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Maple Syrup

Forest Glen Preserve began producing maple syrup commercially in 1984. In the early years, maple syrup demonstrations were held for the public by simply boiling down maple sugar water. This was very time consuming and since it requires forty-two gallons of sugar water to produce a single gallon of syrup, the output was minimal. Therefore, a modern 30 inch by 10 foot evaporator was purchased and housed in a special building called the "Sugar Bush".  Although, a sugar bush is actually the area in which the sugar maple trees are tapped.

Each February through March, school children visit the Sugar Bush to witness the making of pure maple syrup. Before they leave, they are able to taste the finished product.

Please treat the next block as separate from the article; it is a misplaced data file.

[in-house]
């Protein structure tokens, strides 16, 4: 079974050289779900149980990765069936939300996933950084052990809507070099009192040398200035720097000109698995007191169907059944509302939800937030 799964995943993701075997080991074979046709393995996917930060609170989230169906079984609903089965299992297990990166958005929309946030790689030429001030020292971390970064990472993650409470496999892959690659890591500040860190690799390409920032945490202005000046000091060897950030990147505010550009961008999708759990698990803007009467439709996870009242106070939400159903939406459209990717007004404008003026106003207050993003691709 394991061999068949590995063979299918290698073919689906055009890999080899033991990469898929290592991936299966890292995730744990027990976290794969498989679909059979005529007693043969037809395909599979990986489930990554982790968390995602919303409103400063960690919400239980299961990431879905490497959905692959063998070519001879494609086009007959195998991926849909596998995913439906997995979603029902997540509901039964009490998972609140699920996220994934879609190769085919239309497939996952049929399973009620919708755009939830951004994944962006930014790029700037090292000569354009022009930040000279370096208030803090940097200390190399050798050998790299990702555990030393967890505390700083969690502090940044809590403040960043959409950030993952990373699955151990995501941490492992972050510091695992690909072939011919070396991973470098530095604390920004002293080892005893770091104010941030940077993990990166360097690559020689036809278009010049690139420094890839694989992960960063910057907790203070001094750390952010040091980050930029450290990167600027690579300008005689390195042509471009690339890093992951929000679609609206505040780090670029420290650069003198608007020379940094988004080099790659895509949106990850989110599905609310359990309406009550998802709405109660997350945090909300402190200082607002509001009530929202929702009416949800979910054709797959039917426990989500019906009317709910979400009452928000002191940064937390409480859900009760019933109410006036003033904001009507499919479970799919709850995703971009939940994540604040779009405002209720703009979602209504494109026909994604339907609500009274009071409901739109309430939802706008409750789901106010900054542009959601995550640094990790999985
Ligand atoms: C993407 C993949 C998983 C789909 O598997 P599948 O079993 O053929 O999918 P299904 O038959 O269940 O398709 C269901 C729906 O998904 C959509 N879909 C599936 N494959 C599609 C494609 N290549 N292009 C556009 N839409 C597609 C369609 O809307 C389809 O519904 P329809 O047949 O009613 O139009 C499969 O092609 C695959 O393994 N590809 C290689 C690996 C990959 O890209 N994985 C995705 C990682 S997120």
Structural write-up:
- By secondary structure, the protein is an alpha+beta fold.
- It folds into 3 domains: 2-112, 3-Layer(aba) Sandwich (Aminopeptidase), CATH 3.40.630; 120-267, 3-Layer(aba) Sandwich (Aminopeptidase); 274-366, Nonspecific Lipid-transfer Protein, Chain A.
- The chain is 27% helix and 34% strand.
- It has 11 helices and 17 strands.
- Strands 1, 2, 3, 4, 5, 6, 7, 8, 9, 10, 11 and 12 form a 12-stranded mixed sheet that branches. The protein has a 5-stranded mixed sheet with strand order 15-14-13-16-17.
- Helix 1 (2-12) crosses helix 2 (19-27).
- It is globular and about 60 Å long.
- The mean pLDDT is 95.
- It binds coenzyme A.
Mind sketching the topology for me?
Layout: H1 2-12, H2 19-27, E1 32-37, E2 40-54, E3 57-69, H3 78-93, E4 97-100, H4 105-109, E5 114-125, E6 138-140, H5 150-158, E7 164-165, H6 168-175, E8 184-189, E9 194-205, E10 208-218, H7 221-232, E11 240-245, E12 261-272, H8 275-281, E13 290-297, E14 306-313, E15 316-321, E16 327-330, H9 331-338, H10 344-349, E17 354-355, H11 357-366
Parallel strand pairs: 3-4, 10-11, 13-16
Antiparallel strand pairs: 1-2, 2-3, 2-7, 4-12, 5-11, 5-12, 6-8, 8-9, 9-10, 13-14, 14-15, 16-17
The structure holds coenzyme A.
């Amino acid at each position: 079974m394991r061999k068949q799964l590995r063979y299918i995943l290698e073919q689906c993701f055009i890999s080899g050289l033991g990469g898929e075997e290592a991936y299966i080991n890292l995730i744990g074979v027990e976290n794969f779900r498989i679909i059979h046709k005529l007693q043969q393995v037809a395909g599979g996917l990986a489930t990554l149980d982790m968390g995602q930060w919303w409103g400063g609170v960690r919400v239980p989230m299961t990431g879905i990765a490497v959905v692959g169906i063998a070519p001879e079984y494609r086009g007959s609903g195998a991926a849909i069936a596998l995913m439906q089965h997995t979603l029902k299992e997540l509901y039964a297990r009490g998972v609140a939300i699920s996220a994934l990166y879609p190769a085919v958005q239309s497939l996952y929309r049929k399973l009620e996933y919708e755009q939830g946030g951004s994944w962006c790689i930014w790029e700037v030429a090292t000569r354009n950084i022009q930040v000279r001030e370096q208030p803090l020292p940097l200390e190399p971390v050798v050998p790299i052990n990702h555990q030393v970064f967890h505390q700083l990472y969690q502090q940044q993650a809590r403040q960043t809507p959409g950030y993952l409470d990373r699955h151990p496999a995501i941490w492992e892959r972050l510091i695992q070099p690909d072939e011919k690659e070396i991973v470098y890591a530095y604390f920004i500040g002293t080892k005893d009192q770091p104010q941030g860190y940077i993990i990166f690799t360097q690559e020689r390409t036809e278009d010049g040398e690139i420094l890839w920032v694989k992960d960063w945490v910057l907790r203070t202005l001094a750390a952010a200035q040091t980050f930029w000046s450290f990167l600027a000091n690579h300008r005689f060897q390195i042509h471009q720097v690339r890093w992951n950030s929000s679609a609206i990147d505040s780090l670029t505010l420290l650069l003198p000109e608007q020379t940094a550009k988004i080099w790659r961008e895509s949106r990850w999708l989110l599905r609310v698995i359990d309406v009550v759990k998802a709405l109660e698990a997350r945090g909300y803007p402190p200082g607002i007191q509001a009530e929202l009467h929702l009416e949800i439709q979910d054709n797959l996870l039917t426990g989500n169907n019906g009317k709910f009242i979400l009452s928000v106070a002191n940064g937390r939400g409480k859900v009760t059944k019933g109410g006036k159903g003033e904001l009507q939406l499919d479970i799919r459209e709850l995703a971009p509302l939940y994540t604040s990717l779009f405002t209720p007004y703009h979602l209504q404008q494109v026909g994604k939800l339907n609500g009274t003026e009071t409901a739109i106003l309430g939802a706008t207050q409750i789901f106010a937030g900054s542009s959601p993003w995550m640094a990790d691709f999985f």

The production of maple syrup is dependent on weather conditions. Ideally, nighttime temperatures of 20's followed by a sunny day in the 40's will cause the sap to flow in the sugar maple tree. If the temperatures remain constant, the sap ceases to flow. Therefore, the fluctuation is required.

Peak production at Forest Glen is about one hundred gallons of maple syrup in a season. This means four thousand, two hundred gallons of sugar water was boiled down by burning seven cords of fuelwood! On poor years, production may only be sixty gallons. Forest Glen Preserve is the third largest producer of maple syrup in Illinois, only rivaled by Funks Grove near Bloomington and a private producer in Effingham. For more information on the making of maple syrup, the Maple Syrup Open House/Pancake Sausage Dinner, or tours, call 217-662-2142.